Reporter who quit on air to focus on marijuana advocacy faces decades in jail

A former Alaska television reporter who became a viral sensation in 2014 after quitting her job to advocate for the legal use of marijuana faces 54 years in prison for allegedly running an illegal marijuana shop.

The Guardian reported Thursday that Charlo Green is facing 14 offenses, including “misconduct involving a controlled substance,” for running the Alaska Cannabis Club. Though the state legalized the manufacture, sale and possession of the drug in 2015, the state had failed to give Greene the proper certifications for the club to run retail operations.

The Alaska Cannabis Club allowed people to buy memberships which allowed people to make “donations” in exchange for marijuana. Authorities in Alaska had launched a series of raids on her club and eventually charged Greene.

“It’s almost dizzying when you try to make sense of it,” Greene told the Guardian. “It could literally cost me the rest of my adult life.”

According to court records, Greene wasn’t involved in the undercover transactions, but was only charged because the business was registered under her name. Her business and two others are facing the penalties because they started operations before regulations were in place, according to the paper.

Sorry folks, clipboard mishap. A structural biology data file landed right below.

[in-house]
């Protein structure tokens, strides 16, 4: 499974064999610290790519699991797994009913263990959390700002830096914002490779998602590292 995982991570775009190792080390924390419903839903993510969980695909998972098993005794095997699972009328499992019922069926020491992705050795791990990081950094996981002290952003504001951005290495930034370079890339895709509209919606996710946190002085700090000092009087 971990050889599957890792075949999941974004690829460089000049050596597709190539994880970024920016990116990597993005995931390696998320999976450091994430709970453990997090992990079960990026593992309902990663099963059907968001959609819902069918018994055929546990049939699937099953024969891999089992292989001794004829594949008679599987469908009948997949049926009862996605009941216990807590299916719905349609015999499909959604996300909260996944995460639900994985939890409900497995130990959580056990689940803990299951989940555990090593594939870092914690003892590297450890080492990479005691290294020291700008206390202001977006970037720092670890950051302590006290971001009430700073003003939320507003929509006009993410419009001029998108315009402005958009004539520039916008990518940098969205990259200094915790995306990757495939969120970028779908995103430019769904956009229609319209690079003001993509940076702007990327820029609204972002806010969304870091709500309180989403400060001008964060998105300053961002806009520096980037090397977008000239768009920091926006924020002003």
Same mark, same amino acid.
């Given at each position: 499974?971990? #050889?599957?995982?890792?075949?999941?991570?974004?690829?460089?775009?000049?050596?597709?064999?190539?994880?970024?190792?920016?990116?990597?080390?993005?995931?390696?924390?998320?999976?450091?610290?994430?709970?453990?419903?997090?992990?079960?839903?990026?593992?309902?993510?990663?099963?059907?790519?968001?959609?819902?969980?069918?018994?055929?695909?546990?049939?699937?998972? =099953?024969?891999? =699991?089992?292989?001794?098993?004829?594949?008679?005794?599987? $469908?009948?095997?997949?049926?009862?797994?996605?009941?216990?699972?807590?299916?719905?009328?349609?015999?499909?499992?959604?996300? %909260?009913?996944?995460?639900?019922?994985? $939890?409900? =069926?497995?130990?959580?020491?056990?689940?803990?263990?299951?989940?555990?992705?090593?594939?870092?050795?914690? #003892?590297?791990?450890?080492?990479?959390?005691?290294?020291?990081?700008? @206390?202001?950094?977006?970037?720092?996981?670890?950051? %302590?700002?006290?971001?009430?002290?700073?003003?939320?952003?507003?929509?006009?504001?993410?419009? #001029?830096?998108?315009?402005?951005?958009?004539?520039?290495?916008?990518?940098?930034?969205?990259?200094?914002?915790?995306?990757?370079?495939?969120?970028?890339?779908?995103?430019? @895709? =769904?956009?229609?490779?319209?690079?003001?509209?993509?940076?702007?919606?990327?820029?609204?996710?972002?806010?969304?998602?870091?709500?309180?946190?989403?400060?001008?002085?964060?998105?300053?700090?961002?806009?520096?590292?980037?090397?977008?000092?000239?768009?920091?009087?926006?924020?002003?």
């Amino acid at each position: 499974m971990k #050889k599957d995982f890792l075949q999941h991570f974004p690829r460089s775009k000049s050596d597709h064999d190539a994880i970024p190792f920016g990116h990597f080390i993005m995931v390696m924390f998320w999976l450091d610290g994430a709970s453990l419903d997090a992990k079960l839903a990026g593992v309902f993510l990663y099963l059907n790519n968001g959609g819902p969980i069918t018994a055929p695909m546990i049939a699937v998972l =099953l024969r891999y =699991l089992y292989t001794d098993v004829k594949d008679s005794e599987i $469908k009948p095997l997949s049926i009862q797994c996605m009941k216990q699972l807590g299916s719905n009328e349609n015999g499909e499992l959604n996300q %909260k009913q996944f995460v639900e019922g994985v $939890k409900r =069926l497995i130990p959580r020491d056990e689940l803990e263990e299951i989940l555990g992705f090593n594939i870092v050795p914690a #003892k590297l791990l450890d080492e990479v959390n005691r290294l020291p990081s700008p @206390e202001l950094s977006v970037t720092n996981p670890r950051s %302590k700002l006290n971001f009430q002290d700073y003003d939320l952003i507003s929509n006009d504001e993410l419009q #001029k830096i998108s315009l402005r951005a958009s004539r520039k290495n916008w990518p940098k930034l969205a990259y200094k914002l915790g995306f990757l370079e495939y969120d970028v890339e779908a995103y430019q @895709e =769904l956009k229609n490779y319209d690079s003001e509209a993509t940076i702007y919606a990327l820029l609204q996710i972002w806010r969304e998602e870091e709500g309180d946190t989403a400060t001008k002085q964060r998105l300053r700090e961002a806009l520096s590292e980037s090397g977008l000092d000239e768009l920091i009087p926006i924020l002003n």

“These people got ahead and said, ‘We’re not going to wait,’” Cynthia Franklin, director of the state’s alcohol and marijuana control office, told the Guardian.

The small amount of supporters behind Greene believes that she should’ve only received a fine or citation.

“This is a substance that we’ve decided can be safely consumed by adults,” Tamar Todd, director of the office of legal affairs for the Drug Policy Alliance, said.

Greene, a former reporter for Alaska’s KTVA, made waves in September 2014 after doing a report on the Alaska Cannabis Club. She revealed that she was the owner and quit the station using an expletive on air.

"Everything you've heard is why I, the actual owner of the Alaska Cannabis Club, will be dedicating all my energy toward fighting for freedom and for fairness, which begins with legalizing marijuana here in Alaska.”

The Associated Press contributed to this report.

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